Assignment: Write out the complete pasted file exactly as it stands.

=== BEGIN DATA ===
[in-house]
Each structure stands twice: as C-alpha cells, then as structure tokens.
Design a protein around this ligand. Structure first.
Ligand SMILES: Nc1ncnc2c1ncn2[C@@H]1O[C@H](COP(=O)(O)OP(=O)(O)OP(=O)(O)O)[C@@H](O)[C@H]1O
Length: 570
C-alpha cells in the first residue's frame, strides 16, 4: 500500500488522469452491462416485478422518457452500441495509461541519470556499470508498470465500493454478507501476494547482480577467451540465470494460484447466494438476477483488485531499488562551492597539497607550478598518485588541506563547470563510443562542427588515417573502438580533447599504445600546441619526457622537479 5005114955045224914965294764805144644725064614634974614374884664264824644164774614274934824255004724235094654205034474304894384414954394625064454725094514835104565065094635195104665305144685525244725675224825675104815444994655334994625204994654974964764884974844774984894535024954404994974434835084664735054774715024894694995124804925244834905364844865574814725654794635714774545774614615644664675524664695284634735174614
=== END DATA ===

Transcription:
[in-house]
Each structure stands twice: as C-alpha cells, then as structure tokens.
Design a protein around this ligand. Structure first.
Ligand SMILES: Nc1ncnc2c1ncn2[C@@H]1O[C@H](COP(=O)(O)OP(=O)(O)OP(=O)(O)O)[C@@H](O)[C@H]1O
Length: 570
C-alpha cells in the first residue's frame, strides 16, 4: 500500500488522469452491462416485478422518457452500441495509461541519470556499470508498470465500493454478507501476494547482480577467451540465470494460484447466494438476477483488485531499488562551492597539497607550478598518485588541506563547470563510443562542427588515417573502438580533447599504445600546441619526457622537479 5005114955045224914965294764805144644725064614634974614374884664264824644164774614274934824255004724235094654205034474304894384414954394625064454725094514835104565065094635195104665305144685525244725675224825675104815444994655334994625204994654974964764884974844774984894535024954404994974434835084664735054774715024894694995124804925244834905364844865574814725654794635714774545774614615644664675524664695284634735174614